Linux Vendors Rally Around SCOs Targets

 
 
By Peter Galli  |  Posted 2004-03-05 Email Print this article Print
 
 
 
 
 
 
 

Calling SCO's lawsuits against AutoZone and DaimlerChrysler a last ditch attempt to save itself, Linux vendors and open-source leaders vow to help the two Linux users fight the charges.

Linux vendors as well as leaders of the open-source community have dismissed The SCO Group Inc.s latest lawsuits against two Linux users as a last ditch attempt by the Lindon, Utah, company to save itself. They are also all committed to banding together to fight the company in these and any future lawsuits, and do not believe there will be any slowdown in corporate Linux adoption. Eric Raymond, president of the Open Source Initiative, on Wednesday published a letter of support to Steve Odland, president and CEO of AutoZone, on his Web site, in which he said the Linux community and the wider open-source software movement "regret that you have become the latest victim in the campaign of barratry, fraud, and stock-kiting that SCO has been waging. We want you to know that you are not alone, and that you have in fact just made a great many friends.
"We urge you to fight this lawsuit with every effort you can muster. Its the right thing to do by AutoZones shareholders, and more generally as well. Thoughtful people everywhere are seeing in meritless IP lawsuits an increasing drag on innovation and economic health. AutoZone can both serve its own interests and do good by helping make such parasitic tactics generally unprofitable.
"Well be with you—and that we includes a lot of expertise on the technical, legal, and historical issues bound up in SCOs lawsuit. If there is any assistance that I personally or the Open Source Initiative can reasonably provide, please do not hesitate to ask," Raymond said. Stuart Cohen, CEO of the Open Source Development Labs in Beaverton, Ore., told eWEEK he was surprised that SCO actually sued a Linux user at this time. "We didnt think they would sue a user until they had resolved the copyright issues with Novell [Inc.]. Quite frankly, when we announced our Legal Defense Fund, we thought that would stop them from going after a user. And when they announced their lawsuit with Novell, we really thought that would absolutely stop them until they got that resolved," he said. For more on the Novell lawsuit, read "SCO vs. Novell Unix Case Heats Up."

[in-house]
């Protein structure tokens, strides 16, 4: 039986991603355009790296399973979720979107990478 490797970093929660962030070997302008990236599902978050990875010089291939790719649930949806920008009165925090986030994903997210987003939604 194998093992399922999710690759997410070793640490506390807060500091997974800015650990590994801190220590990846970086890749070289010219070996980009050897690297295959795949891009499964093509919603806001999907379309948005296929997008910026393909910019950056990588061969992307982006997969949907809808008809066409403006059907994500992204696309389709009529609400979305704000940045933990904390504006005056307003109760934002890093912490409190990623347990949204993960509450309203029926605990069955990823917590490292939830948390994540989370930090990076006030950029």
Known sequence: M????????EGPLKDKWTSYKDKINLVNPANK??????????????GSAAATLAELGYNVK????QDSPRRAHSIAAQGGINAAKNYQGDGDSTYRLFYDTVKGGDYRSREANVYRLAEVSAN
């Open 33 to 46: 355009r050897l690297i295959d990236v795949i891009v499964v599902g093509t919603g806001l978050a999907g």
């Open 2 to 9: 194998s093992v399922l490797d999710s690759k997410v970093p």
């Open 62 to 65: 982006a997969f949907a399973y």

Cohen doubts the actual filing of these user lawsuits will have any effect on the adoption of Linux going forward, particularly given the recent indemnification announcements from Hewlett-Packard Co., Novell Inc. and Red Hat Inc. and the establishment of the Legal Defense Fund. Next page: Countering fear, uncertainty and doubt.



 
 
 
 
Peter Galli has been a financial/technology reporter for 12 years at leading publications in South Africa, the UK and the US. He has been Investment Editor of South Africa's Business Day Newspaper, the sister publication of the Financial Times of London.

He was also Group Financial Communications Manager for First National Bank, the second largest banking group in South Africa before moving on to become Executive News Editor of Business Report, the largest daily financial newspaper in South Africa, owned by the global Independent Newspapers group.

He was responsible for a national reporting team of 20 based in four bureaus. He also edited and contributed to its weekly technology page, and launched a financial and technology radio service supplying daily news bulletins to the national broadcaster, the South African Broadcasting Corporation, which were then distributed to some 50 radio stations across the country.

He was then transferred to San Francisco as Business Report's U.S. Correspondent to cover Silicon Valley, trade and finance between the US, Europe and emerging markets like South Africa. After serving that role for more than two years, he joined eWeek as a Senior Editor, covering software platforms in August 2000.

He has comprehensively covered Microsoft and its Windows and .Net platforms, as well as the many legal challenges it has faced. He has also focused on Sun Microsystems and its Solaris operating environment, Java and Unix offerings. He covers developments in the open source community, particularly around the Linux kernel and the effects it will have on the enterprise.

He has written extensively about new products for the Linux and Unix platforms, the development of open standards and critically looked at the potential Linux has to offer an alternative operating system and platform to Windows, .Net and Unix-based solutions like Solaris.

His interviews with senior industry executives include Microsoft CEO Steve Ballmer, Linus Torvalds, the original developer of the Linux operating system, Sun CEO Scot McNealy, and Bill Zeitler, a senior vice president at IBM.

For numerous examples of his writing you can search under his name at the eWEEK Website at www.eweek.com.

 
 
 
 
 
 
 

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